Demand for integrated sales and marketing (ISM) solutions will soar, as enterprises realize the potential to increase leads by enabling sales people to run their own marketing campaigns.

HubSpot is the latest marketing automation software provider to recognize sales departments need integrated marketing and CRM systems, facilitating the effective transition of leads between sales and marketing departments.

Single Goal: Sales & Marketing

HubSpot’s marketing software helps marketing teams manage sales leads with customers on email, social media, websites and blogs. It recently complemented this with the launch of a sales acceleration product, Sidekick, and plans to officially launch an integrated CRM system in 2015. This is big news for the industry, as CRM software is traditionally split into three areas: sales automation, marketing automation and customer service.

Sidekick helps with prospecting, connecting and engaging with potential leads through real-time engagement notifications. HubSpot CRM will apparently provide customer data that will enable sales teams to pick up leads as they move out of marketing and offer a single-view of interactions.

A single solution

To make the most of sales and marketing opportunities the customer journey needs to be viewed across all touchpoints during an entire lifetime. Consequently, sales and marketing systems should work together and share information. Having separate systems hinders productivity and results in opportunities being missed, as marketing and sales people have to switch between applications and are unable to access key customer data. This is also extremely time-consuming.

For example, when someone anonymously visits your website you need context – to quickly find out who they work for, their role and any opinions they may have shared online about your company or industry. This allows you to automatically respond with content that is relevant and make sure they are placed in the sales funnel of the most appropriate sales person, so opportunities can be followed up and don’t get lost. If marketing and sales functions are divided, sales teams will be unable to do their job properly and unsuitable content will be sent by marketing departments.

Tools for social selling

Because people increasingly use search engines and social media to research products and services online, businesses need integrated tools for social selling. It’s important for sales people to be able to interact directly and engage customers on social media. They must be able to publish personalized content to contacts and manage their own lead generation.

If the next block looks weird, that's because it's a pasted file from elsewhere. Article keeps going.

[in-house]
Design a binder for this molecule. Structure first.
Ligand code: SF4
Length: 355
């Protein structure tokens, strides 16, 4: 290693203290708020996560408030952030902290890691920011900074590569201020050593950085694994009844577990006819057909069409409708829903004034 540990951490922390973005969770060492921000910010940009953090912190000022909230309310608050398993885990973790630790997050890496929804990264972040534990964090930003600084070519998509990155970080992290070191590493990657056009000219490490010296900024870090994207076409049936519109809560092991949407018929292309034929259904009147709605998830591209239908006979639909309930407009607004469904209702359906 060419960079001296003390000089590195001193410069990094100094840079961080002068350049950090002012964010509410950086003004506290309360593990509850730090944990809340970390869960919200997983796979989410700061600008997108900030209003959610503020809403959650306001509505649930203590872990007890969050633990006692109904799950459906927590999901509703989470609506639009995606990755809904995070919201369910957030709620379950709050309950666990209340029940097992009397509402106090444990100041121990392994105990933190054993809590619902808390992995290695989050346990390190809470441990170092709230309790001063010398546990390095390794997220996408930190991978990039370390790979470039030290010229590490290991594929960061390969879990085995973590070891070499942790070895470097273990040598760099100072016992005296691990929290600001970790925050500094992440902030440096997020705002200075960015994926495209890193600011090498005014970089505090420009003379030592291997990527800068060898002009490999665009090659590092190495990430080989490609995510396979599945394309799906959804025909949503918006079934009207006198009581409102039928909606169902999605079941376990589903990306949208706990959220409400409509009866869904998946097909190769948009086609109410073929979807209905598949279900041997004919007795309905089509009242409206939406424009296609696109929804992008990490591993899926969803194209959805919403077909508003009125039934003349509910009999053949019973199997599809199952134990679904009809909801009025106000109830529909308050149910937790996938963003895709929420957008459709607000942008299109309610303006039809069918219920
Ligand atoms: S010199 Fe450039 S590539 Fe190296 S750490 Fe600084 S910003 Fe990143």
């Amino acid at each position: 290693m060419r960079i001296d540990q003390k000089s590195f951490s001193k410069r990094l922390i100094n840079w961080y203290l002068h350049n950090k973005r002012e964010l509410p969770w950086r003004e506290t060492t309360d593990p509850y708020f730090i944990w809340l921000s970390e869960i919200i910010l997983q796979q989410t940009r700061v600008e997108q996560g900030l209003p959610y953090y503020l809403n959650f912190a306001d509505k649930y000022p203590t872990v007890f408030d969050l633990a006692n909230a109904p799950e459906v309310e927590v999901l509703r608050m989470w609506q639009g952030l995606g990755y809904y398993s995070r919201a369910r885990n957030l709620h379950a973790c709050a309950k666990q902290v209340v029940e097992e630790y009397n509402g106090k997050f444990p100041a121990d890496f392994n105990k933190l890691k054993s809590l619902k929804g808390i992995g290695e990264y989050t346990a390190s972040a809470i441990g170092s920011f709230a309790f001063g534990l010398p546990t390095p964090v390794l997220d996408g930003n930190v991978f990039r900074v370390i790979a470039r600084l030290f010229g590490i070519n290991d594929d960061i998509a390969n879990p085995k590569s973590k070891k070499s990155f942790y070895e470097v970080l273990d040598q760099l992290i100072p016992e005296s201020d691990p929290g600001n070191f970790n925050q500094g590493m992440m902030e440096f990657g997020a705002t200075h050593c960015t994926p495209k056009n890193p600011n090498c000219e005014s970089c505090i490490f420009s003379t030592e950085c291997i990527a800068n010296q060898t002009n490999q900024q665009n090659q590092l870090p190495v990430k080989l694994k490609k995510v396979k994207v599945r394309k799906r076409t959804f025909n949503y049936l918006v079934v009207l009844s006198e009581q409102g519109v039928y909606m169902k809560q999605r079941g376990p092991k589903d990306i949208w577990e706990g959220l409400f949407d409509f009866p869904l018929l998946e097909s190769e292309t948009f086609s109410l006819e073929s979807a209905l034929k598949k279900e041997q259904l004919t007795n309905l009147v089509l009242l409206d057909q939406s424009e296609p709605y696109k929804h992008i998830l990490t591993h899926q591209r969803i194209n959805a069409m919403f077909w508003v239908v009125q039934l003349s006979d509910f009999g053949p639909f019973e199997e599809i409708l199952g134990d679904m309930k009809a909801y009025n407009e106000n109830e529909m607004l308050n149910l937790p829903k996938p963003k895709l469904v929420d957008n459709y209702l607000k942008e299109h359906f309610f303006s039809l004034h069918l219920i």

From the beginning SalesSeek (SS) built sales and marketing automation functionality into one ISM platform. This may sound like a lot of tools, but we have made it extremely visual – it’s simple to use and information can be presented in graphics. Best of all, marketing and sales teams can work together ensuring customer relationships are nurtured and consistently managed.

Software mashups

Young, mid-sized businesses are particularly successful with marketing technology and social media, as they don’t tend to have a strong divide between sales and marketing and are less likely to be tied to traditional marketing methods, such as mass email.

However, the VentureBeat Marketing Automation Index report revealed that more than half of all companies using marketing automation use more than one system.

Management at young, mid-sized companies also tend to be savvy about technology. And thanks to open cloud application programming interfaces (APIs) they are able to mashup marketing platforms, gluing together a number of different products to meet their businesses needs.

Marketing automation software moves mainstream

The VentureBeat report also talks about the huge growth in the marketing automation industry. Author Wendy Schuchart said: “There’s tremendous growth, tremendous opportunity, and tremendous upheaval. Even after years of 50 percent industry growth, only about three percent of non-tech companies have adopted marketing automation.”

It’s an exciting time for marketing automation companies, particularly as so many mid-sized firms are yet to invest in sales or marketing platforms. To fund growth and seize market opportunity, HubSpot hopes to IPO and raise $100 million.

Big technology companies are snapping up marketing software businesses to meet demand for marketing automation features from their customers. To name a few: Oracle bought Eloqua, and Salesforce.com bought ExactTarget, which had already bought marketing automation provider Pardot.

The Bulger Partners report, Marketing Technology Overview, reveals that typical valuations in recent M&A transactions of marketing technology vendors were a whopping 5x TTM revenue.

But it’s far from clear whether marketing automation will be sustainable as a standalone market. As it moves mainstream, we believe most companies won’t want to mashup solutions and that the convergence of sales and marketing functionality is inevitable.

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